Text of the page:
Judicial Tyranny at Work

In 10 Colleen Carroll Campbell on 2012/03/03 at 12:00 AM

When a New York judge ruled earlier this month that gay couples have a constitutional right to marry, she bucked the state’s ban on gay marriage, overrode the will of most Americans and ignored the universal, millennia-old understanding of marriage.  But in one respect, at least, she was adhering to tradition: Her decision was only the latest in a series of controversial rulings issued by activist judges who have been reshaping American sexual mores from the bench for more than three decades.

As citizens who believe in government of the people, by the people and for the people, we should be concerned that a small cabal of judicial elites is making nearly all of the important decisions that face us as a nation, and they are too often making them with a flagrant disregard for our most fundamental values.  Their decisions are increasingly rooted not in the self-evident truths of our Constitution and Bill of Rights, but in a morally relativistic worldview that rejects ethical absolutes, opposes religious values and fails to defend our most fundamental rights and institutions – especially faith and family.

The Founding Fathers never wanted it this way.  They established the separation of powers to prevent any of the three branches of government from overstepping its bounds and exercising too much influence over society.  Judges were to be neutral interpreters of the law, their authority limited by the words of the Constitution and the intent of the legislature.  They were not to usurp the power of legislators or to interfere with the most basic principle of our democracy: our right to govern ourselves.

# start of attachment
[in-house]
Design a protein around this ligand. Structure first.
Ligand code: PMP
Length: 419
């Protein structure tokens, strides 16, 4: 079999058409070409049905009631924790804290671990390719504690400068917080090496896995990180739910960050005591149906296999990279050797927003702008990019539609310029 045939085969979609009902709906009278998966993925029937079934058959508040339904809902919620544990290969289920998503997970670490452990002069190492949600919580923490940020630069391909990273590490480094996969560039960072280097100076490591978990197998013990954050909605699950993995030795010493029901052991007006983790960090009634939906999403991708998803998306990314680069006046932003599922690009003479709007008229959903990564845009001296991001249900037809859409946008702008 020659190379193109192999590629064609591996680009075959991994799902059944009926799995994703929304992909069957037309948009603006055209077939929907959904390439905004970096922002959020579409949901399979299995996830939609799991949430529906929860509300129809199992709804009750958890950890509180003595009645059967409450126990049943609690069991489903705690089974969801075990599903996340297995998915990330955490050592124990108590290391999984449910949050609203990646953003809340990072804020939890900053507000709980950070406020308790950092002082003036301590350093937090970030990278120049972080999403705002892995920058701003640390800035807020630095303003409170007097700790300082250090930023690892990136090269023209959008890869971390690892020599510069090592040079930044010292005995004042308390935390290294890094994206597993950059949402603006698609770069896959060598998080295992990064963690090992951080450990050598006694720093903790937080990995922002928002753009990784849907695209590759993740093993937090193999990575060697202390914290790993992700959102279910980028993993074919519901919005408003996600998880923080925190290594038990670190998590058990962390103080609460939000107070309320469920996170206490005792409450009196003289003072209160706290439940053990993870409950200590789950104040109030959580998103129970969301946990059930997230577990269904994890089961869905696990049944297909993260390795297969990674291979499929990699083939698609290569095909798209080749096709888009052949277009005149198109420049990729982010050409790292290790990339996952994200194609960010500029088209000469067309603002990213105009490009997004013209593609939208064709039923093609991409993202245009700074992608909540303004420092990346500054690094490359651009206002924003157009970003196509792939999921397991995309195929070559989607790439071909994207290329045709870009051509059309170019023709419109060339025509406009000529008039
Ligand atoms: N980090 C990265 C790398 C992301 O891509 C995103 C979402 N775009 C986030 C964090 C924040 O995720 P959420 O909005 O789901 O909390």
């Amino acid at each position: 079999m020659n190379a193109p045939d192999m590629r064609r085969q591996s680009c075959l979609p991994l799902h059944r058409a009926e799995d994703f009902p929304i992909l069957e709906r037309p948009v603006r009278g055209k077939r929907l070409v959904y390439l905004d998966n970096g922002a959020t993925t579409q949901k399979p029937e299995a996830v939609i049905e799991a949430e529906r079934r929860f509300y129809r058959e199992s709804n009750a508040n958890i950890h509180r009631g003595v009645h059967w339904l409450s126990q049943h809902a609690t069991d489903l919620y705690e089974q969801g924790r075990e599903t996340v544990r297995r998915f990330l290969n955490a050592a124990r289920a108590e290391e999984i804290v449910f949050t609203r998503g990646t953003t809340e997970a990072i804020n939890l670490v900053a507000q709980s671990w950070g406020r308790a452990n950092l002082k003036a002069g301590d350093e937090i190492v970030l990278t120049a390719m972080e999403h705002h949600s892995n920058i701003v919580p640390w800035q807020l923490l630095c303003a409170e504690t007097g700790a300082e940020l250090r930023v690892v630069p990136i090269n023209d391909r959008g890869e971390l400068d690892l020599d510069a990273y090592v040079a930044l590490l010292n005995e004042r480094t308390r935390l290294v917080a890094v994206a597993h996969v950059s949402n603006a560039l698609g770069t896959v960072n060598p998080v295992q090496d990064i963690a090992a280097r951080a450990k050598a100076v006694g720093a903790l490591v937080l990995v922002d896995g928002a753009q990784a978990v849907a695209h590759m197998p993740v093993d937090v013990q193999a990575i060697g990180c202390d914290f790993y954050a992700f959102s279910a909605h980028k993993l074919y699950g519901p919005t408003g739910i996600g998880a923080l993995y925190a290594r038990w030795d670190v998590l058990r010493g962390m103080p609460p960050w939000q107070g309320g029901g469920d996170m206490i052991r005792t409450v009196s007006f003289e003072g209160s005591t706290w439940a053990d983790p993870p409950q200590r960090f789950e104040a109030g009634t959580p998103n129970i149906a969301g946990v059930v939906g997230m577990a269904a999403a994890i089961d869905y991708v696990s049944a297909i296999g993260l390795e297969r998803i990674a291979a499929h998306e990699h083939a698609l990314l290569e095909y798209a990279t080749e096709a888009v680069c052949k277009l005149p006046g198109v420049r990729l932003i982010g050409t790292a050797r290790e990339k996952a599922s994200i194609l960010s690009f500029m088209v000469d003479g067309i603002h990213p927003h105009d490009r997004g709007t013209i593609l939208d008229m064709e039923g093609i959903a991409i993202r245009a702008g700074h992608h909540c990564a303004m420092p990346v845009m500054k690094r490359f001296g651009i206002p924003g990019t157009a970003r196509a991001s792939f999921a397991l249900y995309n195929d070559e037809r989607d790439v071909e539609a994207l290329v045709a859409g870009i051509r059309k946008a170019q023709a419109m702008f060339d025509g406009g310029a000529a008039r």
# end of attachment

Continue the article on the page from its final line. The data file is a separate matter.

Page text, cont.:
The vision of the Founding Fathers is confirmed by Catholic teachings.  In his 1991 social encyclical, Centesimus Annus (“Hundredth Year”), Pope John Paul II argued that a free society must honor the principles of subsidiarity and solidarity.  Subsidiarity holds that the government should not do for the people what they can and must do for themselves.  Solidarity ensures a defense of the weakest among us.

The Pope said that both are necessary for the proper functioning of a free society.  He also emphasized the importance of a vibrant moral culture that teaches citizens the virtues they need to govern themselves and acts as a counterweight to government power.  After living under Nazi and Communist occupation in Poland, the Pope knew the dangers of a government that grows too powerful, too intrusive and too hostile to the religious and moral values of its citizens.

In considering what sort of judges belongs on the bench, Catholics should heed the teachings of their faith and the wisdom of the Founding Fathers.  The activist judges who legalized abortion 32 years ago violated the constraints of our Constitution, the self-governance principle of our democracy and the right to life of the unborn.  Now a new breed of judicial elites is aiming to radically redefine marriage as a private affair for the gratification of consenting adults rather than a public institution geared toward the bearing and rearing of children.

Social science has shown again and again what the Catholic faith teaches as a matter of principle: that children lead healthier, happier lives when they are raised by their married, biological parents.  If activist judges use their power to separate marriage from procreation in the public mind, children will be the first to suffer in a culture that no longer encourages their parents to get married and stay married.

For the sake of the next generation, and in deference to the generations that came before us, we have a duty to defend the moral culture that sustains our democracy and demand judges who will do the same.

Our Sunday Visitor

Colleen Carroll Campbell is a fellow at the Ethics and Public Policy Center in Washington, D.C. 


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